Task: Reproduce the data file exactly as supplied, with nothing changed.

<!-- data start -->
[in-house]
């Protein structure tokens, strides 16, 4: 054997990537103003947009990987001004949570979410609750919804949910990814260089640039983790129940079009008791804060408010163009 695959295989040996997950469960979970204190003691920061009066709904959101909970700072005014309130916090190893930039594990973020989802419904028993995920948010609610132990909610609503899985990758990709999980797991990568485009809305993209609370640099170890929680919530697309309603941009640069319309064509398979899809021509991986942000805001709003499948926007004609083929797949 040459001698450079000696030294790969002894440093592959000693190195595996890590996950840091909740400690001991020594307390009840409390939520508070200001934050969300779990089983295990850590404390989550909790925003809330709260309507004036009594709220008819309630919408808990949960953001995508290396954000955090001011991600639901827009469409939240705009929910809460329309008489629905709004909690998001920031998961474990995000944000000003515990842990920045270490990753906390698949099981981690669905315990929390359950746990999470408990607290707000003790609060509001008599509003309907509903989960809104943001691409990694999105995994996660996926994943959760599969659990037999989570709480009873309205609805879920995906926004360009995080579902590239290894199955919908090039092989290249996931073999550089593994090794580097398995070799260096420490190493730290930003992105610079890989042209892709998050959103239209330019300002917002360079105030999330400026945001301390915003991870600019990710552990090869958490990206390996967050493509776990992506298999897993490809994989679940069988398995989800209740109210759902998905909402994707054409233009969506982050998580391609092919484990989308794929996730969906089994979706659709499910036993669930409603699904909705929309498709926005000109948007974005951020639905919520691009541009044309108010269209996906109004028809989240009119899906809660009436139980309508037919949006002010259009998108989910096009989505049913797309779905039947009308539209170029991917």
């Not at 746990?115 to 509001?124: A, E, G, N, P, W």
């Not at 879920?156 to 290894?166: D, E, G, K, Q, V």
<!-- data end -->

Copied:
[in-house]
């Protein structure tokens, strides 16, 4: 054997990537103003947009990987001004949570979410609750919804949910990814260089640039983790129940079009008791804060408010163009 695959295989040996997950469960979970204190003691920061009066709904959101909970700072005014309130916090190893930039594990973020989802419904028993995920948010609610132990909610609503899985990758990709999980797991990568485009809305993209609370640099170890929680919530697309309603941009640069319309064509398979899809021509991986942000805001709003499948926007004609083929797949 040459001698450079000696030294790969002894440093592959000693190195595996890590996950840091909740400690001991020594307390009840409390939520508070200001934050969300779990089983295990850590404390989550909790925003809330709260309507004036009594709220008819309630919408808990949960953001995508290396954000955090001011991600639901827009469409939240705009929910809460329309008489629905709004909690998001920031998961474990995000944000000003515990842990920045270490990753906390698949099981981690669905315990929390359950746990999470408990607290707000003790609060509001008599509003309907509903989960809104943001691409990694999105995994996660996926994943959760599969659990037999989570709480009873309205609805879920995906926004360009995080579902590239290894199955919908090039092989290249996931073999550089593994090794580097398995070799260096420490190493730290930003992105610079890989042209892709998050959103239209330019300002917002360079105030999330400026945001301390915003991870600019990710552990090869958490990206390996967050493509776990992506298999897993490809994989679940069988398995989800209740109210759902998905909402994707054409233009969506982050998580391609092919484990989308794929996730969906089994979706659709499910036993669930409603699904909705929309498709926005000109948007974005951020639905919520691009541009044309108010269209996906109004028809989240009119899906809660009436139980309508037919949006002010259009998108989910096009989505049913797309779905039947009308539209170029991917």
């Not at 746990?115 to 509001?124: A, E, G, N, P, W």
């Not at 879920?156 to 290894?166: D, E, G, K, Q, V």